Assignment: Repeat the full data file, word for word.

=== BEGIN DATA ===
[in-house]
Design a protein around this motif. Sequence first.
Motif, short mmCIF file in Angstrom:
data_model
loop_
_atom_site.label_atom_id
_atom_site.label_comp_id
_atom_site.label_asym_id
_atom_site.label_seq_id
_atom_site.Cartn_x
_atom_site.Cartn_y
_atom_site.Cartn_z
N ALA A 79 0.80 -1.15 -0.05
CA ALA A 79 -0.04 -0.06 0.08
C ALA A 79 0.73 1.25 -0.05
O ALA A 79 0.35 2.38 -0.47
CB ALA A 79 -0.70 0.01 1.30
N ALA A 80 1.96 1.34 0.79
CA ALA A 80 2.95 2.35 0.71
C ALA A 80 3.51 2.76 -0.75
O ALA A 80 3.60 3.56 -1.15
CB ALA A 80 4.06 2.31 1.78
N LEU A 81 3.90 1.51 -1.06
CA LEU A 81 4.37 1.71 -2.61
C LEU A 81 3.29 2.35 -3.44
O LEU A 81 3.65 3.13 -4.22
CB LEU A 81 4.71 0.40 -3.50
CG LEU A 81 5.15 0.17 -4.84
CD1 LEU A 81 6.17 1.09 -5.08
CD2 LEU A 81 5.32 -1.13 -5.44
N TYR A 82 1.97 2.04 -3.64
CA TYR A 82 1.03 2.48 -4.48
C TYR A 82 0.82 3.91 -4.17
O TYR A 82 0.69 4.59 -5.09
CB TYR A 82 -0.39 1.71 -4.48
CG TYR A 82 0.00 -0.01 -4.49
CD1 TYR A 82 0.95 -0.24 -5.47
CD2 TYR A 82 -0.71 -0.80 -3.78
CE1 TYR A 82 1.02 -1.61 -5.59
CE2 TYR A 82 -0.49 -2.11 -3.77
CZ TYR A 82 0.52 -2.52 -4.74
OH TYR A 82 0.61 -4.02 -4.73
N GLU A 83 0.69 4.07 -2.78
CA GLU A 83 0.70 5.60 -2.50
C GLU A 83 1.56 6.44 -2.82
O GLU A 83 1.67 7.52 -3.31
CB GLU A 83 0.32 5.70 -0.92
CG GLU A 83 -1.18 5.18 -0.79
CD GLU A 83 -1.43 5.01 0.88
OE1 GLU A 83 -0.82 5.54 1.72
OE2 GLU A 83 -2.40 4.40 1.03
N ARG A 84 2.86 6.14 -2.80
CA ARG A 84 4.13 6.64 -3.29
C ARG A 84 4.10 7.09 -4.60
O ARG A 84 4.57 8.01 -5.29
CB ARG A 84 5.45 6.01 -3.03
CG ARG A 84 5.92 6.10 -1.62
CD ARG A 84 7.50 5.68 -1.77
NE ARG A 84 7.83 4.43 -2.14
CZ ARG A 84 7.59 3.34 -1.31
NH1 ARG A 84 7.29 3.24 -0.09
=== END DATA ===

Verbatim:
[in-house]
Design a protein around this motif. Sequence first.
Motif, short mmCIF file in Angstrom:
data_model
loop_
_atom_site.label_atom_id
_atom_site.label_comp_id
_atom_site.label_asym_id
_atom_site.label_seq_id
_atom_site.Cartn_x
_atom_site.Cartn_y
_atom_site.Cartn_z
N ALA A 79 0.80 -1.15 -0.05
CA ALA A 79 -0.04 -0.06 0.08
C ALA A 79 0.73 1.25 -0.05
O ALA A 79 0.35 2.38 -0.47
CB ALA A 79 -0.70 0.01 1.30
N ALA A 80 1.96 1.34 0.79
CA ALA A 80 2.95 2.35 0.71
C ALA A 80 3.51 2.76 -0.75
O ALA A 80 3.60 3.56 -1.15
CB ALA A 80 4.06 2.31 1.78
N LEU A 81 3.90 1.51 -1.06
CA LEU A 81 4.37 1.71 -2.61
C LEU A 81 3.29 2.35 -3.44
O LEU A 81 3.65 3.13 -4.22
CB LEU A 81 4.71 0.40 -3.50
CG LEU A 81 5.15 0.17 -4.84
CD1 LEU A 81 6.17 1.09 -5.08
CD2 LEU A 81 5.32 -1.13 -5.44
N TYR A 82 1.97 2.04 -3.64
CA TYR A 82 1.03 2.48 -4.48
C TYR A 82 0.82 3.91 -4.17
O TYR A 82 0.69 4.59 -5.09
CB TYR A 82 -0.39 1.71 -4.48
CG TYR A 82 0.00 -0.01 -4.49
CD1 TYR A 82 0.95 -0.24 -5.47
CD2 TYR A 82 -0.71 -0.80 -3.78
CE1 TYR A 82 1.02 -1.61 -5.59
CE2 TYR A 82 -0.49 -2.11 -3.77
CZ TYR A 82 0.52 -2.52 -4.74
OH TYR A 82 0.61 -4.02 -4.73
N GLU A 83 0.69 4.07 -2.78
CA GLU A 83 0.70 5.60 -2.50
C GLU A 83 1.56 6.44 -2.82
O GLU A 83 1.67 7.52 -3.31
CB GLU A 83 0.32 5.70 -0.92
CG GLU A 83 -1.18 5.18 -0.79
CD GLU A 83 -1.43 5.01 0.88
OE1 GLU A 83 -0.82 5.54 1.72
OE2 GLU A 83 -2.40 4.40 1.03
N ARG A 84 2.86 6.14 -2.80
CA ARG A 84 4.13 6.64 -3.29
C ARG A 84 4.10 7.09 -4.60
O ARG A 84 4.57 8.01 -5.29
CB ARG A 84 5.45 6.01 -3.03
CG ARG A 84 5.92 6.10 -1.62
CD ARG A 84 7.50 5.68 -1.77
NE ARG A 84 7.83 4.43 -2.14
CZ ARG A 84 7.59 3.34 -1.31
NH1 ARG A 84 7.29 3.24 -0.09